India joins UNSC as non-permanent member

Updated - November 17, 2021 05:33 am IST

Published - January 03, 2011 01:35 am IST - New York:

India has joined the United Nations Security Council as its non-permanent member for a two-year term after a gap of 19 years, hoping that the seat at the high table will not only cement its place as a key global player, but also pave the way for becoming a permanent member of the powerful wing of the world body.

On January 1, India, along with Germany, Portugal, South Africa and Columbia, became one of the five non-permanent members of this 15-member body.

India's approach to key global issues would be keenly watched not only by members of the United Nations — especially the third world countries — but also from the P5, in particular the U.S. which would like New Delhi to align itself with and support Washington's move on burning issues such as Iran.

Fresh outlook

As India celebrates the support of U.S. President Barack Obama for its quest to become a permanent member in the Council, India's Ambassador to the U.N. Hardeep Singh Puri said New Delhi was ready to serve in the powerful structure with a fresh outlook on several international issues, especially human rights.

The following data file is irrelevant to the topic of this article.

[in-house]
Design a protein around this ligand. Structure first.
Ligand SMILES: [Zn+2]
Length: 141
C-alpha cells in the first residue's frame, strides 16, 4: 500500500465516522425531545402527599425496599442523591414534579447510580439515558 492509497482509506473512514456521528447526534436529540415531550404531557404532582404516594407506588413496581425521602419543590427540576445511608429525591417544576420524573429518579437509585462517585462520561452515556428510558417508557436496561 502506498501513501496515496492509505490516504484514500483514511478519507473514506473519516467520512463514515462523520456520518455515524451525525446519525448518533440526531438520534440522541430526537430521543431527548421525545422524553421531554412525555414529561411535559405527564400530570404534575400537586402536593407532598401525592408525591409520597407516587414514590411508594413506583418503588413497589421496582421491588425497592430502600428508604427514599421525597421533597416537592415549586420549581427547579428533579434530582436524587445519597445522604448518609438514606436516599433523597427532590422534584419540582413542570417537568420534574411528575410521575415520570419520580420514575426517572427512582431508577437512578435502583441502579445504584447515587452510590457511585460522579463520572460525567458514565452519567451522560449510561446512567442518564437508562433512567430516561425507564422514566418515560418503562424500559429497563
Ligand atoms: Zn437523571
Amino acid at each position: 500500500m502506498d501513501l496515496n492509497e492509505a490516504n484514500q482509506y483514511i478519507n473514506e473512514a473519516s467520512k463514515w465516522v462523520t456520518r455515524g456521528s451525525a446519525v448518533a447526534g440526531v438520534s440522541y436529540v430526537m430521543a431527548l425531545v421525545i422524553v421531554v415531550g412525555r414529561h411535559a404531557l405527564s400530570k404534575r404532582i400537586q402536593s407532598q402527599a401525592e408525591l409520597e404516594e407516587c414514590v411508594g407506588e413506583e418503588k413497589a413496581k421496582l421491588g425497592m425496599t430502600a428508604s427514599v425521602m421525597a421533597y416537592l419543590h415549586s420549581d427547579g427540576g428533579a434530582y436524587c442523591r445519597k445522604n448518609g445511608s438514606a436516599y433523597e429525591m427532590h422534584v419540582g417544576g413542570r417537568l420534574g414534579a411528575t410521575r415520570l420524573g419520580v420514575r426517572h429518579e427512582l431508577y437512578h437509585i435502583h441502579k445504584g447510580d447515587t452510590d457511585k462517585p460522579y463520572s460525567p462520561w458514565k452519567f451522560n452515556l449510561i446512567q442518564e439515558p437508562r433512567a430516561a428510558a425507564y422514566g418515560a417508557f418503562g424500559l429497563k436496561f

“Over the last year we have been repositioning ourselves on issues ... I can anticipate that we will be much more upfront and even demanding on human rights issues,” Mr. Puri said.

“That reflects the changing priorities in India,” he told PTI earlier.

“I don't see us having any problem in terms of where our interest lies and where the interest of the permanent members lie including the West ... in fact, I think we are on the same page with them on most of these issues,” he said.

The top diplomat further stressed that while India is part of G-77 and the non-aligned world, this affiliation would not prevent it from taking actions and positions that contributed to the “larger public good.”

“If this means going against positions that some groups take then we will have no hesitation,” he said.

Mr. Puri, however, dismissed reports that India's changing position had anything to do with appeasing the U.S. and other Western countries in order to secure a permanent seat on the Security Council.

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